The California Food, Drug, and Medical Device Task Force announced a settlement this week with Goop, the lifestyle brand founded by Gwyneth Paltrow, which we’ve written about here and here. The complaint alleges that Goop made false and misleading representations regarding the effects or attributes of three products—the Jade Egg, Rose Quartz Egg, and

The FTC recently announced a settlement with Breathometer, Inc., a company that marketed a smartphone accessory that it claimed could detect blood alcohol levels.  Users could simply plug the accessory into the headphone jack, open the Breathometer app, blow, and receive a reading of their blood alcohol content within five seconds.  Breathometer marketed the

The Federal Trade Commission announced this week that it has reached settlements with two marketers for “deceptively claiming their mobile apps could detect melanoma, even in its early stages.” MelApp and Mole Detective claim to have the ability to accurately screen for a mole’s analyzed melanoma risk despite the absence of clinical testing. The FTC

The use of mobile apps for health purposes has created new questions for users, developers, and regulators regarding the balance between convenience, expanded health care, and public safety. The line between apps that are useful tools for accessing health information and those that are considered medical devices can be unclear but is very important for

The Alabama Supreme Court recently held in Wyeth, Inc. v. Weeks, – So.3d –, No. 1101397, 2013 WL 135753 (Ala. Jan. 11, 2013) that a drug company may be held liable for fraud or misrepresentation (by affirmative misrepresentation or omission), based on statements it made in connection with the manufacture and distribution of a brand-name drug, by a plaintiff claiming physical injuries from the ingestion of a generic drug manufactured and distributed by a different company.

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On January 16, 2013, the Federal Trade Commission (“Commission”) issued an Opinion In the matter of POM Wonderful LLC upholding in part and overruling in part Chief Administrative Law Judge D. Michael Chappell’s May 2012 initial decision regarding advertising claims for POM Wonderful (“POM”) products. In pertinent part the Commission opinion, issued by Commissioner Maureen

On July 16, 2012, the United States District Court for the District of New Jersey granted summary judgment in favor of Nestlé Healthcare Nutrition, Inc. in Scheuerman, et al. v. Nestlé Healthcare Nutrition, Inc., No. 2:10-cv-03684 (D.N.J.), a putative nationwide class action challenging Nestlé’s advertising and marketing campaign for its BOOST® Kid Essentials Drink (“BKE”)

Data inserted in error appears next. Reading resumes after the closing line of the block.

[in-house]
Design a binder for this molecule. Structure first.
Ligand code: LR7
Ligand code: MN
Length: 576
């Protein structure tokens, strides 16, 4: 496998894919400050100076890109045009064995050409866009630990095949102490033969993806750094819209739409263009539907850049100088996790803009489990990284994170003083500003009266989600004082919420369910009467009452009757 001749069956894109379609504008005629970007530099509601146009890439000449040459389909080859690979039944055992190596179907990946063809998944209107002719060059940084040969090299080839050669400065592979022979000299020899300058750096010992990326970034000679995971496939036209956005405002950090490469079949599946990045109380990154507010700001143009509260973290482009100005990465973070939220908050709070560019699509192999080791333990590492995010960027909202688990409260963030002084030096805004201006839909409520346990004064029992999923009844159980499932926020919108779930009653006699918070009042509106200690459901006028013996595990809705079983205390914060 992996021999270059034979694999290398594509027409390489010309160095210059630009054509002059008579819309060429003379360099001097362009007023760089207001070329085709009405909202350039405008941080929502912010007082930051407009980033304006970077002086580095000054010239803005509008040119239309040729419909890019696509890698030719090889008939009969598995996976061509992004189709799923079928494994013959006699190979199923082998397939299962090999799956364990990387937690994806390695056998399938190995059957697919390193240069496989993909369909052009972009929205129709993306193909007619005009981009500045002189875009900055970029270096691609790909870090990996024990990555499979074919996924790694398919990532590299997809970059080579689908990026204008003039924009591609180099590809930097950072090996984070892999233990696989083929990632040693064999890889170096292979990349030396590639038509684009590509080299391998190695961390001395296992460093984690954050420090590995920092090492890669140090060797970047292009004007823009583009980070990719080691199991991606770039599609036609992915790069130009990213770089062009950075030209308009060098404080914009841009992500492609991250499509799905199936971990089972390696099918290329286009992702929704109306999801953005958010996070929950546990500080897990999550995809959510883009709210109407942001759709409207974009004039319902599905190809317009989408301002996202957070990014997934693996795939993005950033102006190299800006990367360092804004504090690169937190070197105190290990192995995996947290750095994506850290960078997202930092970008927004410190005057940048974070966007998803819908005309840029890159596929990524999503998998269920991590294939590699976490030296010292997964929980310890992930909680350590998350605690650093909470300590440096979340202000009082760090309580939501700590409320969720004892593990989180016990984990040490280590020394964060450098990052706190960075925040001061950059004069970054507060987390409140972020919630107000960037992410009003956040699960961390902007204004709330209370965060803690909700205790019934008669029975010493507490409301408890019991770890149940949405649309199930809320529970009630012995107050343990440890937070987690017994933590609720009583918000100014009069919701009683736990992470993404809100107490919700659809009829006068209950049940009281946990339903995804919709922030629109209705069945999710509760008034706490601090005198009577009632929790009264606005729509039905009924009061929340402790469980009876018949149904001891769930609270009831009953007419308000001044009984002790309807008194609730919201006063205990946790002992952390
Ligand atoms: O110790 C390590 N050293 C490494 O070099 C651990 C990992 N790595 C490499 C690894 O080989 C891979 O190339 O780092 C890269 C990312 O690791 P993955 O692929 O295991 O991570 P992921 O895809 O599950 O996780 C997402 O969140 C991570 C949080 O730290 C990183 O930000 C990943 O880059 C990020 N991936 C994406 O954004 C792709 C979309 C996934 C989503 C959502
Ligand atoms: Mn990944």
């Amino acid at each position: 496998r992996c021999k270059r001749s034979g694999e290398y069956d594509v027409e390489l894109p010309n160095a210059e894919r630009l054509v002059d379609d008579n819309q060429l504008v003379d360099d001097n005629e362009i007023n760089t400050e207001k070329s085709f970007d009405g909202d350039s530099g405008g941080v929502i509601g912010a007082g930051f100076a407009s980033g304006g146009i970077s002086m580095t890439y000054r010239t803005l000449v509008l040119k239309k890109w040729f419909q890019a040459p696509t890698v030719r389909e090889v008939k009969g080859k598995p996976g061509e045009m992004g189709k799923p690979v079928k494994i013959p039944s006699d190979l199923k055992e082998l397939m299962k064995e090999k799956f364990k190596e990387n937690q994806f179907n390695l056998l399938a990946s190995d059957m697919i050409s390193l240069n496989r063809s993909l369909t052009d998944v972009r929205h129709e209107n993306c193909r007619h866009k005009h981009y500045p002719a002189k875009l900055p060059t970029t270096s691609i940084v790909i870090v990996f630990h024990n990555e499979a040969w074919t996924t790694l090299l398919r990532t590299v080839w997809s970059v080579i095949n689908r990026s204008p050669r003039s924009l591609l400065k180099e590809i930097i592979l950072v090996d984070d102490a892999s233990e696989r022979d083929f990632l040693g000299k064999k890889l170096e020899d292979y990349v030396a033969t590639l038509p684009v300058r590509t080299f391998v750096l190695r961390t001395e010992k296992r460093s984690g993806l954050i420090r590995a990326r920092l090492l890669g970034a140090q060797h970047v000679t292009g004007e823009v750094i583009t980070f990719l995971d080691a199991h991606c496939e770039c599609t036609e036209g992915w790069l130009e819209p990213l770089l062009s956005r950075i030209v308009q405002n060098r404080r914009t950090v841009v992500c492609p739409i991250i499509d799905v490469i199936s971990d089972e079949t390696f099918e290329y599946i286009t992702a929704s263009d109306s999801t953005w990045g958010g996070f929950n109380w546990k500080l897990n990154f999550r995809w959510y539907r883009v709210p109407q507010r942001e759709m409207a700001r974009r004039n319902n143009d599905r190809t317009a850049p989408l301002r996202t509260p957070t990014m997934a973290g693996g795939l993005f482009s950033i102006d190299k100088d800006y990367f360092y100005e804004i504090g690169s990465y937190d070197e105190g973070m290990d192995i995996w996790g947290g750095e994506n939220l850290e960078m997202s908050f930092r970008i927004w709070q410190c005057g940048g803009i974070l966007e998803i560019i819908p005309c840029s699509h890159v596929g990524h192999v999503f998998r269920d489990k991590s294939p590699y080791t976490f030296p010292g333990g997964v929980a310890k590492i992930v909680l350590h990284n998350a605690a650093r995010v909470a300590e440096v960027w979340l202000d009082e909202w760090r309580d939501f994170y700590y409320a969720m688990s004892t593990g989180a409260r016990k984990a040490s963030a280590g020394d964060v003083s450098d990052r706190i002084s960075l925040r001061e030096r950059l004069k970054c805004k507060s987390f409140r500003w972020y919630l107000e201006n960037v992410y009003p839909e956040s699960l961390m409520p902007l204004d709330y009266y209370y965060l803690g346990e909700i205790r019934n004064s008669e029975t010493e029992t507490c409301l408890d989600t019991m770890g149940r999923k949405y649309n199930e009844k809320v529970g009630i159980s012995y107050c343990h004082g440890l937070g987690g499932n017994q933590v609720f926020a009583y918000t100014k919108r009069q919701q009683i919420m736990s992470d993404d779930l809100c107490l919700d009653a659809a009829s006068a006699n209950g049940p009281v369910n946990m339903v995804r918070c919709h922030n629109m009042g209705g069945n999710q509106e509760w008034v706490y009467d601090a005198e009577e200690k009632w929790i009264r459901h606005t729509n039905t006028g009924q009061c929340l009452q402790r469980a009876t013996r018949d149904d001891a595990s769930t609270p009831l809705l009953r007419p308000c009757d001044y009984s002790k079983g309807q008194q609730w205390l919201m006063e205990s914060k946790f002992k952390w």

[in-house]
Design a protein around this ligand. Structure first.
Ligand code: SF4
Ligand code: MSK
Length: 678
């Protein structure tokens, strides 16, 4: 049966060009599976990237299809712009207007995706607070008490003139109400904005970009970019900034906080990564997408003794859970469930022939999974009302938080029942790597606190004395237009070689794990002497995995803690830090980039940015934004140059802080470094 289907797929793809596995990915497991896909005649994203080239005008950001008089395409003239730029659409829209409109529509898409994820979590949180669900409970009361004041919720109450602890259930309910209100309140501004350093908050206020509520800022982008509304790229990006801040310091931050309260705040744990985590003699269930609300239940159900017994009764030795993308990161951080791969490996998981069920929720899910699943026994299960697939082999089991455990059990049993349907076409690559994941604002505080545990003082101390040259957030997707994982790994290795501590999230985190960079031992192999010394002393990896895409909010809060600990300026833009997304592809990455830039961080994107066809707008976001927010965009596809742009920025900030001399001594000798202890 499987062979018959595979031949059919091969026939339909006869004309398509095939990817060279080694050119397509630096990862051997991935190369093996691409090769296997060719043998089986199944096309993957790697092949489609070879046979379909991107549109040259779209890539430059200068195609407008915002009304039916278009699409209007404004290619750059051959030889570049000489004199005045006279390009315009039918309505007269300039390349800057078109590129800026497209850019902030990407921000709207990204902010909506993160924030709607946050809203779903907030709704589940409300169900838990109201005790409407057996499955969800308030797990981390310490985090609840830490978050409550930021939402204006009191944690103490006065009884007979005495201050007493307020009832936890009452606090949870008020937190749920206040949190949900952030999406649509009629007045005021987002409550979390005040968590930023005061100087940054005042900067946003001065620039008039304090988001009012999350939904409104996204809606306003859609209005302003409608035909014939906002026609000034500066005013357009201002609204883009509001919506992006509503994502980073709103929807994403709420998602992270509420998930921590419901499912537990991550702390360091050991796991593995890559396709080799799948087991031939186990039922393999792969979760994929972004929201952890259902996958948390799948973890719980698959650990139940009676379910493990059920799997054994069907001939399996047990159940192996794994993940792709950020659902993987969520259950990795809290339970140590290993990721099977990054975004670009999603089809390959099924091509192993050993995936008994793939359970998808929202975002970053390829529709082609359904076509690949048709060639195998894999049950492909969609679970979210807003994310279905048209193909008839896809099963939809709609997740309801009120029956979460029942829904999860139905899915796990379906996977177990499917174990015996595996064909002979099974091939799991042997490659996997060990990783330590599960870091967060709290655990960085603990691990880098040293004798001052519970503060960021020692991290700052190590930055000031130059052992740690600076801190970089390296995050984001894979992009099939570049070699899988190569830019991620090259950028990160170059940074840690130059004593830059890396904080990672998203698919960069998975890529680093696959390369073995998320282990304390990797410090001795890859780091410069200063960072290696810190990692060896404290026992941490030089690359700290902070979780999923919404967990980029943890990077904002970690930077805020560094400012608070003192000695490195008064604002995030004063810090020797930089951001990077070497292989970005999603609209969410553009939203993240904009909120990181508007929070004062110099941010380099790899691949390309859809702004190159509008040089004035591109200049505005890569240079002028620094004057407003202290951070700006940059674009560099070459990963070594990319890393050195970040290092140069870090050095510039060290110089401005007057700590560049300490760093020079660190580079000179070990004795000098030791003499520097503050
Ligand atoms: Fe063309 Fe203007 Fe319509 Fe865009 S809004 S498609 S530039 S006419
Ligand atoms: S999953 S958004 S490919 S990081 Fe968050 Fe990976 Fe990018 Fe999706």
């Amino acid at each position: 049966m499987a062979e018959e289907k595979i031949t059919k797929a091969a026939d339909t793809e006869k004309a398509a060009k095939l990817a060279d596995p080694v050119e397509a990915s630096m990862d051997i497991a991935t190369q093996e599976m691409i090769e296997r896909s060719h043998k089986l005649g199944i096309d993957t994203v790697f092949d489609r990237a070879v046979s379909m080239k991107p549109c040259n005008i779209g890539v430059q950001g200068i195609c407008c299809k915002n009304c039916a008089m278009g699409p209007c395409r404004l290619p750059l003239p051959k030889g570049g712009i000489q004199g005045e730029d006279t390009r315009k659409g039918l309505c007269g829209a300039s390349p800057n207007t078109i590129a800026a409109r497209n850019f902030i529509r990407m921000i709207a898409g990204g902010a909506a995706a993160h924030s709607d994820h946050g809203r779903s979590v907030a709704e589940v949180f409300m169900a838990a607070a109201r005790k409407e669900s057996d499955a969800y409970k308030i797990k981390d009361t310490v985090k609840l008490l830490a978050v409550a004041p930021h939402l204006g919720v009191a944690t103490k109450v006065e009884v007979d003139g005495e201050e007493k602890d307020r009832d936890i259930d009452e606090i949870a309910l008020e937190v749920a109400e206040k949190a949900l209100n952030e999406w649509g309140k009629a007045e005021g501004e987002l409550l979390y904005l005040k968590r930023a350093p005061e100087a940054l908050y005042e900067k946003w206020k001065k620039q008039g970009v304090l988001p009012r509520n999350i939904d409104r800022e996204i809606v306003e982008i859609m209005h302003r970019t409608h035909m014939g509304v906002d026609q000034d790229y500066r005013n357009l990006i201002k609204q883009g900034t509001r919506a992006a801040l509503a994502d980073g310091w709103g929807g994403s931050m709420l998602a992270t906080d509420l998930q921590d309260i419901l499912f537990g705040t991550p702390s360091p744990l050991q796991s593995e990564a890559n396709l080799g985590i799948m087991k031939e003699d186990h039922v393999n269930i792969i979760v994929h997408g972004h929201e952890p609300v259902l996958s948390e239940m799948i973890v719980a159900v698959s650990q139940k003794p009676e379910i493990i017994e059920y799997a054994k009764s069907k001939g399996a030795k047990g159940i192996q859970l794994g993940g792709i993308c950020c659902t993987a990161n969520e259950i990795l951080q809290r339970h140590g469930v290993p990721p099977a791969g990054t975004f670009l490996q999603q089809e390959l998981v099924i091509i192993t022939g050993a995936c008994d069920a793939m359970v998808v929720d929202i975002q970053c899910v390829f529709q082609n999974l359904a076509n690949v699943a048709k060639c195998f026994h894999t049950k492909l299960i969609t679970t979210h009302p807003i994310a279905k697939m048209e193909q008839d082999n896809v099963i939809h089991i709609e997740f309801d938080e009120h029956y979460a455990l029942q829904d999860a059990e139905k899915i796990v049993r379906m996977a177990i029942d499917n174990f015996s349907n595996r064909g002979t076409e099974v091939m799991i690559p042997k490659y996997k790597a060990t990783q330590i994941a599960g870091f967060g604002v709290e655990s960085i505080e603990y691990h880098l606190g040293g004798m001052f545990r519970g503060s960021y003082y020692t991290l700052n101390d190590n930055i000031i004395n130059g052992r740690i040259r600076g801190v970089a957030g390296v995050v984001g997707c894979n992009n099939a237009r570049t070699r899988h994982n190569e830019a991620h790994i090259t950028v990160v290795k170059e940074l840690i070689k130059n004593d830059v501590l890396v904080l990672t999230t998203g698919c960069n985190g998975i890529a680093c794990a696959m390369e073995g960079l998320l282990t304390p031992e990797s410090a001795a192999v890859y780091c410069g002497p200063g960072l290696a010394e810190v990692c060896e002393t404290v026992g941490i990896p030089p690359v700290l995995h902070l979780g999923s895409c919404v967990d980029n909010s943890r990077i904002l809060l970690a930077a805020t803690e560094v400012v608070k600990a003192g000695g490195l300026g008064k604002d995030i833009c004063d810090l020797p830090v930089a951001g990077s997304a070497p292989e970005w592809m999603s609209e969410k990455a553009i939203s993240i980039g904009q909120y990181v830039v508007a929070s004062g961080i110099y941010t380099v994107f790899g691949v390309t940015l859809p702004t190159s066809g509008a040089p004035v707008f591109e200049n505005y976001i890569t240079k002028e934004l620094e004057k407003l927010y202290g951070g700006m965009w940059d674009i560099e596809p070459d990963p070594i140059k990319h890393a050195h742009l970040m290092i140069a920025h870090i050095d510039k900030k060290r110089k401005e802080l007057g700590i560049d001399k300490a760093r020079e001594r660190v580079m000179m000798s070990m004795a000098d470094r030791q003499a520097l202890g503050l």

We reported on May 23 on Chief Administrative Law Judge Chappell’s initial decision in the FTC’s action against POM Wonderful. On June 4, all parties filed notices of appeal. The FTC staff’s notice states that it is appealing "(1) The failure to find that certain of the challenged advertisements made the claims alleged in the

On May 17, Chief Administrative Law Judge Michael Chappell issued his Initial Decision in the FTC’s case against POM Wonderful, accusing POM of making unsubstantiated claims that its pomegranate juice and pomegranate extract supplement pills can prevent, treat, cure or mitigate heart disease, prostate cancer, erectile dysfunction, and other medical conditions. The decision found POM, its parent company Roll Global, and individual principals Stewart and Lynda Resnick and Matthew Tupper to have violated the FTC Act, and imposed a 20-year injunction against making such unsubstantiated claims in connection with any food, drug or dietary supplement product.

At the outset, the court determined the evidentiary standard to be applied to claims that a food product prevents, treats, mitigates or cures diseases. Here, in the portion of the decision that dominates POM’s own press release, POM succeeded in convincing Judge Chappell that the FTC does not require an advertiser to have either (1) prior FDA approval of the product for treating such diseases or (2) at least two solid, randomized clinical trials, as would normally be required for FDA approval of a new drug, before making such claims. The judge instead adopted the more flexible standard that the appropriate level of substantiation depends on the specific facts and on what experts in the field would consider adequate, relying on past Commission case law (e.g., In re Pfizer, Inc., 81 F.T.C. 23 (1972); FTC v. Direct Marketing Concepts, Inc., 624 F. 3d 1 (1st Cir. 2010); Removatron Int’l Corp. v. FTC, 884 F.2d 1489 (1st Cir. 1989)) and on the status of pomegranate juice as a non-hazardous food that is not marketed as a substitute for other medical treatment. In certain cases, he conceded, the FTC’s flexible standard might parallel that of the FDA. See, e.g., FTC v. Nat’l Urological Group, 645 F. Supp. 2d 1167 (N.D. Ga. 2008).

The real crux of the opinion, however, was that even under the flexible substantiation standard, POM could not


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